The files, known as cookies, disappeared after a privacy activist complained and The Associated Press made inquiries this week. Agency officials acknowledged yesterday that they had made a mistake.

Nonetheless, the issue raised questions about privacy at the agency, which is on the defensive over reports of an eavesdropping program.

“Considering the surveillance power the N.S.A. has, cookies are not exactly a major concern,” said Ari Schwartz, associate director at the Center for Democracy and Technology, a privacy advocacy group in Washington. “But it does show a general lack of understanding about privacy rules when they are not even following the government’s very basic rules for Web privacy.”

Until Tuesday, the N.S.A. site created two cookie files that do not expire until 2035.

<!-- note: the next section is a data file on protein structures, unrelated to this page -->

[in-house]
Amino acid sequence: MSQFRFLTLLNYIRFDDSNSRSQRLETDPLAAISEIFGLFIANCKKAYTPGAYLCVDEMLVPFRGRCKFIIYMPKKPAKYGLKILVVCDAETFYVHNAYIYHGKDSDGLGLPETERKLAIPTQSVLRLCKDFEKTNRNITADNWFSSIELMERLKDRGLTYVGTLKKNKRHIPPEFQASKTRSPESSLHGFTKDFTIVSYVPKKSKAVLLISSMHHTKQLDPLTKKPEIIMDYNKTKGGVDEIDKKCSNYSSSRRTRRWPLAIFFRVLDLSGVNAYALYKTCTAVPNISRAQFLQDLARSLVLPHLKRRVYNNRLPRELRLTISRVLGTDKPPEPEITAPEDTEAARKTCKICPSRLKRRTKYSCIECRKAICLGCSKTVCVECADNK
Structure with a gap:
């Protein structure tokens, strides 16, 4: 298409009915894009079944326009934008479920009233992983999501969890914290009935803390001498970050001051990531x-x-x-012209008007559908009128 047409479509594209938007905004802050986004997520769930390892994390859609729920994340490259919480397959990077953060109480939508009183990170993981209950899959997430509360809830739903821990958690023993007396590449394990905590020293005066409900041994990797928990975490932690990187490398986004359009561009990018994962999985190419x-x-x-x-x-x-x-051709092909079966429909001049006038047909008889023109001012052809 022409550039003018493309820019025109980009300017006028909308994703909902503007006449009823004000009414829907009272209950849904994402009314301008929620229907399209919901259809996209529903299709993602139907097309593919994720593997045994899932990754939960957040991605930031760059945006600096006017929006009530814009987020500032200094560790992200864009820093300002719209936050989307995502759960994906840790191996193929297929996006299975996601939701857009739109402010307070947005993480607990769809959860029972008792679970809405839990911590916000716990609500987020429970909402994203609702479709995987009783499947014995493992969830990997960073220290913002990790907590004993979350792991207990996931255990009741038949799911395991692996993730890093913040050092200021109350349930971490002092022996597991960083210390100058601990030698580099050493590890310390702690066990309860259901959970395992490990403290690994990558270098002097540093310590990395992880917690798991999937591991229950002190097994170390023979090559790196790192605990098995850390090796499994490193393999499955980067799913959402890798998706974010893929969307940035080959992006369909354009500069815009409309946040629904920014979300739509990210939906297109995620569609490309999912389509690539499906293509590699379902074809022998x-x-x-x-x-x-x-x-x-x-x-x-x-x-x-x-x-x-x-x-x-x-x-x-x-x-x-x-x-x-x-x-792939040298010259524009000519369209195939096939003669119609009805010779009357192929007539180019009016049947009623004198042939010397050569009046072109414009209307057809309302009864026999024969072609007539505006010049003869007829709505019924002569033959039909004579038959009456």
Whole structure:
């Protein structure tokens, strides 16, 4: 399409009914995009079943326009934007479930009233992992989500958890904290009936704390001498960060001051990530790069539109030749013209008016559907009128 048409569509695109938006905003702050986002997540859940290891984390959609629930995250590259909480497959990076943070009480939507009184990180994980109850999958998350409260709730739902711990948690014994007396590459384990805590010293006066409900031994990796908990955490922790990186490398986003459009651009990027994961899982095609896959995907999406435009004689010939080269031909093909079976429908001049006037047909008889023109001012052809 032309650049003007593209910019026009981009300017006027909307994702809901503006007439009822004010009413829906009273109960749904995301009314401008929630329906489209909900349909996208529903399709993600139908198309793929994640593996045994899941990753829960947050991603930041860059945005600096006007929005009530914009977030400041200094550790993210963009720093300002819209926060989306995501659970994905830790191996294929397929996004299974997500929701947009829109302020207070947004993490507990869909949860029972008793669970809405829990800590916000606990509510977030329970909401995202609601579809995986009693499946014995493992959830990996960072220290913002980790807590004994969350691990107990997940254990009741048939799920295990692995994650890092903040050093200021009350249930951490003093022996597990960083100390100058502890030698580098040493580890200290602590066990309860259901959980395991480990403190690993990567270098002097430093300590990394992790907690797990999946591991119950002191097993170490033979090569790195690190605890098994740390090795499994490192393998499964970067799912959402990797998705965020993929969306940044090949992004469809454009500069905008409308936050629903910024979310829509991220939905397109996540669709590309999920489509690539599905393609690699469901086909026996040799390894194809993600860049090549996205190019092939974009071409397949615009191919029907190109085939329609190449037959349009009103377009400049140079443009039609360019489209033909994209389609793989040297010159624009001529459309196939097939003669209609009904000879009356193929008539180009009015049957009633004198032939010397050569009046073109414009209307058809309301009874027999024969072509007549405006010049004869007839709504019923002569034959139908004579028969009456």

On balance, cookies aren’t that big of a deal. Still, in the context of the NSA and discussions of data-mining, this isn’t exactly comforting.

I have to agree with David Corn’s assessment:

if any government agency should be expected to follow privacy rules and to have control of its own technology and software, it should be the NSA. If the Labor Department were doing this, it wouldn’t be that worrisome.

And Jeff Huber rightly asks:

This begs a pair of questions. If NSA is being careless about features in their software, how careless are they being in all the other aspects of their operations? Moreover, what does it say about government oversight when it takes a privacy advocacy group to catch a secret government agency breaking the law?

Indeed.

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By Steven L. Taylor

There’s a new Green in town.

Congratulations to Stephen and Melissa.

(And that is quite a cute picture!).

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By Steven L. Taylor

Via the AP: Mont. Firefighters Rescue Cat From River